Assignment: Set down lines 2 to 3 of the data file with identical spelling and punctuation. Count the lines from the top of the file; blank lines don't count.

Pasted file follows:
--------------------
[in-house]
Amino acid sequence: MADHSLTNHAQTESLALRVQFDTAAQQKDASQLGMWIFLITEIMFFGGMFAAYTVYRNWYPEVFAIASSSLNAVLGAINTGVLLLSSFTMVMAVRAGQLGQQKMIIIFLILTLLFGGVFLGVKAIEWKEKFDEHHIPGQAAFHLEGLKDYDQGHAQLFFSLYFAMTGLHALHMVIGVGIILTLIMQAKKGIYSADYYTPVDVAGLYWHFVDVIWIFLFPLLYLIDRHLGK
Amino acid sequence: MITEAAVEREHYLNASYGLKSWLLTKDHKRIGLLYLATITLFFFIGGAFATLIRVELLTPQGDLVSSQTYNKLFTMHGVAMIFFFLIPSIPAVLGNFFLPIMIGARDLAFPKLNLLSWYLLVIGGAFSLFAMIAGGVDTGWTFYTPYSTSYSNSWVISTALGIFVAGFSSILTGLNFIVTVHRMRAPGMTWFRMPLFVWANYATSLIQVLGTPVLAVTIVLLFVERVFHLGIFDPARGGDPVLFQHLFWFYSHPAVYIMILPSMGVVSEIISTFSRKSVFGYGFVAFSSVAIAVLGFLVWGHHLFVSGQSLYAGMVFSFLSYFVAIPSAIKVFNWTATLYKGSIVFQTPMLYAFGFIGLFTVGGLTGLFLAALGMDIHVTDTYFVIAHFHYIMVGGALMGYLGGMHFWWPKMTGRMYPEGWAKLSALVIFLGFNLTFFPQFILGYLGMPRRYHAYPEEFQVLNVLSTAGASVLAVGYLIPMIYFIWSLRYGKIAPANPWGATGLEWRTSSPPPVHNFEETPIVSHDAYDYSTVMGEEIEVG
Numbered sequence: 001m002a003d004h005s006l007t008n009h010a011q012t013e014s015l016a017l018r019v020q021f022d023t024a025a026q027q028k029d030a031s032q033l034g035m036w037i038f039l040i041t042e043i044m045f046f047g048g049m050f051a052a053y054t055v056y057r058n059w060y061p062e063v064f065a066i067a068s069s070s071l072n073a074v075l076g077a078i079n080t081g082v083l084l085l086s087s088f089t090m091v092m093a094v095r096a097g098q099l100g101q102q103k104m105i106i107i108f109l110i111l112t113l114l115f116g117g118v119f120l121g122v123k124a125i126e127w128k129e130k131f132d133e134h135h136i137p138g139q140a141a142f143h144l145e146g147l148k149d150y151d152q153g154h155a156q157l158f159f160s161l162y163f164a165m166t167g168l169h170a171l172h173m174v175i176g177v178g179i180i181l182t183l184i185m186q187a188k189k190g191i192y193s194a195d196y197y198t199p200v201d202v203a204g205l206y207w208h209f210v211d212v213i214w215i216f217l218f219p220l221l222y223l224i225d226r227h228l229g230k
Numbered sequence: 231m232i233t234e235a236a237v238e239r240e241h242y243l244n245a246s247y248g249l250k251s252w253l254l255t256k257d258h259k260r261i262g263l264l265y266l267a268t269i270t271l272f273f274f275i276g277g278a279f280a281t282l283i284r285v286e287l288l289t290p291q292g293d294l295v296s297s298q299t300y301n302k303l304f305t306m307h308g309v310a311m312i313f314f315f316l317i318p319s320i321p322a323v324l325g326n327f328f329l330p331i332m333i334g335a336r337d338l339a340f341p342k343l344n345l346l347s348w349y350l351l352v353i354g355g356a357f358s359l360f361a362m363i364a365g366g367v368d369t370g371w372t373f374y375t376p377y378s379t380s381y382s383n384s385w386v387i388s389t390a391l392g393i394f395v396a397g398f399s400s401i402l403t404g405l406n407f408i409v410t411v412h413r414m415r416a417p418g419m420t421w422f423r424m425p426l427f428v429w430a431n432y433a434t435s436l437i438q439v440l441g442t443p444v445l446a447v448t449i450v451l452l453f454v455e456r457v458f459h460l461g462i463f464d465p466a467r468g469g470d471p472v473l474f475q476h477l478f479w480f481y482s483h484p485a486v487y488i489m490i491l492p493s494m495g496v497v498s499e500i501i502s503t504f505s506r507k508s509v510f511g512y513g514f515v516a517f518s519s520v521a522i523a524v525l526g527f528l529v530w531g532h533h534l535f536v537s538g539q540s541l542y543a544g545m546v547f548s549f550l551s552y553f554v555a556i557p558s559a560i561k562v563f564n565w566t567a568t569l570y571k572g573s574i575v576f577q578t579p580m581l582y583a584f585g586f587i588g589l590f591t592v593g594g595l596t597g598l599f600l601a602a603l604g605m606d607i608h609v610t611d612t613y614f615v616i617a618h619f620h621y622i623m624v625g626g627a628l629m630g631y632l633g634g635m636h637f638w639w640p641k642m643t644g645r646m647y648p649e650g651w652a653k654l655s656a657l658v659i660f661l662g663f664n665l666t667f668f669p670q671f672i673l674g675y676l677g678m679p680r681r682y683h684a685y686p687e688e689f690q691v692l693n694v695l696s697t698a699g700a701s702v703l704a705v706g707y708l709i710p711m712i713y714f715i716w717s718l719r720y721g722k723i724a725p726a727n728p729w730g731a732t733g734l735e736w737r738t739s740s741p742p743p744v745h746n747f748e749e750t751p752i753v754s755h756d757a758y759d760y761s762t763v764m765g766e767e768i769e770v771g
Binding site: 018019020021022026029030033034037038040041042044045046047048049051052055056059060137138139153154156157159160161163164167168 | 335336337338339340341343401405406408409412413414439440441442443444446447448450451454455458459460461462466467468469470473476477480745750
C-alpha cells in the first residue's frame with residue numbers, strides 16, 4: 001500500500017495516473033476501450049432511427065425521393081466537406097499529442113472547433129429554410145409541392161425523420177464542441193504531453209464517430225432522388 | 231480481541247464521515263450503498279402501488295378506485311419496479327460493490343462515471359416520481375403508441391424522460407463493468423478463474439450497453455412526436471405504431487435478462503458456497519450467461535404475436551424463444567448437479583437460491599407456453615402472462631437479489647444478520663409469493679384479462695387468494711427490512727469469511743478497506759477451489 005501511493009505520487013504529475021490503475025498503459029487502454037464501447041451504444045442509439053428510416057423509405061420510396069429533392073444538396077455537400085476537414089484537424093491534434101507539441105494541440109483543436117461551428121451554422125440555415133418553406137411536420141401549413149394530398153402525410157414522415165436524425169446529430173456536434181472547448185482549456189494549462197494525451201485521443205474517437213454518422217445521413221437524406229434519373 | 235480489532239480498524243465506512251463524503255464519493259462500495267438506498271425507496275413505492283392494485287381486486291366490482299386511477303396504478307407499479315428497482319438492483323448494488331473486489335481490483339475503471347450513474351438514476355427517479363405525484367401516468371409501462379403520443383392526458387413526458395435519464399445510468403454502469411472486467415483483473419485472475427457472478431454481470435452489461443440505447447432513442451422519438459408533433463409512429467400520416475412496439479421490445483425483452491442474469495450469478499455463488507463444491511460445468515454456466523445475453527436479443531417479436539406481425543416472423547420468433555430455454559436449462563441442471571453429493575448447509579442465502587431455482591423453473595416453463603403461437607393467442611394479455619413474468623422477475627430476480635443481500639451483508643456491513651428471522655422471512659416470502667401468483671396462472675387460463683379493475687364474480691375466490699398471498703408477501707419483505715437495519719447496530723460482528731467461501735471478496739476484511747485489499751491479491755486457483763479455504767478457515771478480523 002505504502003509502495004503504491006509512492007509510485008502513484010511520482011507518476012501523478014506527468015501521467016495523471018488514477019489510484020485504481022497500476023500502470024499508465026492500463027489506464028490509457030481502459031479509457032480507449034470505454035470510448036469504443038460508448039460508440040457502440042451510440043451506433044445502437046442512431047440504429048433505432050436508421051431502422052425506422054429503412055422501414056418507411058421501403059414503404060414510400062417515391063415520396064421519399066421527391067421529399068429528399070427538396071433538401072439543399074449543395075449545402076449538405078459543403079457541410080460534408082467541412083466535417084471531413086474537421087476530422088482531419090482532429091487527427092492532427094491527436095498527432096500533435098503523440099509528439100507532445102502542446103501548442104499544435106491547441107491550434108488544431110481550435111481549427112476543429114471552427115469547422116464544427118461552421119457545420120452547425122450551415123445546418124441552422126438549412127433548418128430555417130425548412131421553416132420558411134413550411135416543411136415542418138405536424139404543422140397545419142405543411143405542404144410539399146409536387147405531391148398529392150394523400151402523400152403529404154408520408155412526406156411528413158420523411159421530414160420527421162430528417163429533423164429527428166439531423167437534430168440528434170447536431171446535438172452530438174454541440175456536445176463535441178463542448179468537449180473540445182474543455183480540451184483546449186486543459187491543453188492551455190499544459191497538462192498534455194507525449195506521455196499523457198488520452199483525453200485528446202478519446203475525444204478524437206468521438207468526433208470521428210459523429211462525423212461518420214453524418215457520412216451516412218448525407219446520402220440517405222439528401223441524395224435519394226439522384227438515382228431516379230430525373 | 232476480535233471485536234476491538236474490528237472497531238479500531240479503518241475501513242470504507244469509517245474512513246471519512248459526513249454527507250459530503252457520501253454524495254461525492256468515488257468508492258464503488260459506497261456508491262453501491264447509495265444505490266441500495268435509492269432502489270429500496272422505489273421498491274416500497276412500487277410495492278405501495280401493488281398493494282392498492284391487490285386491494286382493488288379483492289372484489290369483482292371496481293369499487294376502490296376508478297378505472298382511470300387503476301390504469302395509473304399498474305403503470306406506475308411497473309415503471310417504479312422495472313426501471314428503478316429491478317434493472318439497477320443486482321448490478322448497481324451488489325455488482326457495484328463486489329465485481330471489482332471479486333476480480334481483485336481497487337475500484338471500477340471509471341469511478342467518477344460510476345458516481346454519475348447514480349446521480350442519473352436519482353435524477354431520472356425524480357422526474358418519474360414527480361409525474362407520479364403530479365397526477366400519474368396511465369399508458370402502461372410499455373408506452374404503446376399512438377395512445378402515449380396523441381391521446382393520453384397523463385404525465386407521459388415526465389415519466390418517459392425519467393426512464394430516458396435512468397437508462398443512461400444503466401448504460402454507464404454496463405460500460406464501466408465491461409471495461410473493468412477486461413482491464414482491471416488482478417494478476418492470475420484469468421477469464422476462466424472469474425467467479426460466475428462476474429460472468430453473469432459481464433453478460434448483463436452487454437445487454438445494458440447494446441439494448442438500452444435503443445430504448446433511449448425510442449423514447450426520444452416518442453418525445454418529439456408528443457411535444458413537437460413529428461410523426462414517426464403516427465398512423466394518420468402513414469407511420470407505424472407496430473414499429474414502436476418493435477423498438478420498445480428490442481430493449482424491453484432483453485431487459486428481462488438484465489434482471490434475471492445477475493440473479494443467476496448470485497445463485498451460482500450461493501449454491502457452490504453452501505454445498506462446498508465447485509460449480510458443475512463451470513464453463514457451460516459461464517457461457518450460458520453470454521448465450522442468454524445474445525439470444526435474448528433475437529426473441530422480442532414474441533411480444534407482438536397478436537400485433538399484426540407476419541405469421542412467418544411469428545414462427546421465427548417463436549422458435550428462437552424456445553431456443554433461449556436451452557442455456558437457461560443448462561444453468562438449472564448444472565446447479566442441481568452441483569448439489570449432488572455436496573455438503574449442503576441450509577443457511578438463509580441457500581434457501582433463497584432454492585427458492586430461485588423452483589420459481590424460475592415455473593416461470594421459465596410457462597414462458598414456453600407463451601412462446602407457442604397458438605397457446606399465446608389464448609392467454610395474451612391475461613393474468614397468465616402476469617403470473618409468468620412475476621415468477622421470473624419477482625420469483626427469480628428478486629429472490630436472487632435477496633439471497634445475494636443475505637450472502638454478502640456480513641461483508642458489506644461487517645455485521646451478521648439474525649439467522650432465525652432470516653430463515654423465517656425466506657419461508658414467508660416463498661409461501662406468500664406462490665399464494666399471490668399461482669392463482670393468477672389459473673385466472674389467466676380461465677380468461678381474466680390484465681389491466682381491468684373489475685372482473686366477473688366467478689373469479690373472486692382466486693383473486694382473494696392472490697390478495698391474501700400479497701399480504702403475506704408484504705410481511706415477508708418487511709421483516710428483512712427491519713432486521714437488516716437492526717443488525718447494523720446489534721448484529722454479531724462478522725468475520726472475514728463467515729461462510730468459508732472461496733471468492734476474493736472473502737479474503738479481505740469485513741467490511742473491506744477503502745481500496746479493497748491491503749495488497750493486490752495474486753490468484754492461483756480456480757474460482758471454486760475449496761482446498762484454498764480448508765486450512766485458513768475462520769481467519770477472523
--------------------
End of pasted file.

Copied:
Amino acid sequence: MADHSLTNHAQTESLALRVQFDTAAQQKDASQLGMWIFLITEIMFFGGMFAAYTVYRNWYPEVFAIASSSLNAVLGAINTGVLLLSSFTMVMAVRAGQLGQQKMIIIFLILTLLFGGVFLGVKAIEWKEKFDEHHIPGQAAFHLEGLKDYDQGHAQLFFSLYFAMTGLHALHMVIGVGIILTLIMQAKKGIYSADYYTPVDVAGLYWHFVDVIWIFLFPLLYLIDRHLGK
Amino acid sequence: MITEAAVEREHYLNASYGLKSWLLTKDHKRIGLLYLATITLFFFIGGAFATLIRVELLTPQGDLVSSQTYNKLFTMHGVAMIFFFLIPSIPAVLGNFFLPIMIGARDLAFPKLNLLSWYLLVIGGAFSLFAMIAGGVDTGWTFYTPYSTSYSNSWVISTALGIFVAGFSSILTGLNFIVTVHRMRAPGMTWFRMPLFVWANYATSLIQVLGTPVLAVTIVLLFVERVFHLGIFDPARGGDPVLFQHLFWFYSHPAVYIMILPSMGVVSEIISTFSRKSVFGYGFVAFSSVAIAVLGFLVWGHHLFVSGQSLYAGMVFSFLSYFVAIPSAIKVFNWTATLYKGSIVFQTPMLYAFGFIGLFTVGGLTGLFLAALGMDIHVTDTYFVIAHFHYIMVGGALMGYLGGMHFWWPKMTGRMYPEGWAKLSALVIFLGFNLTFFPQFILGYLGMPRRYHAYPEEFQVLNVLSTAGASVLAVGYLIPMIYFIWSLRYGKIAPANPWGATGLEWRTSSPPPVHNFEETPIVSHDAYDYSTVMGEEIEVG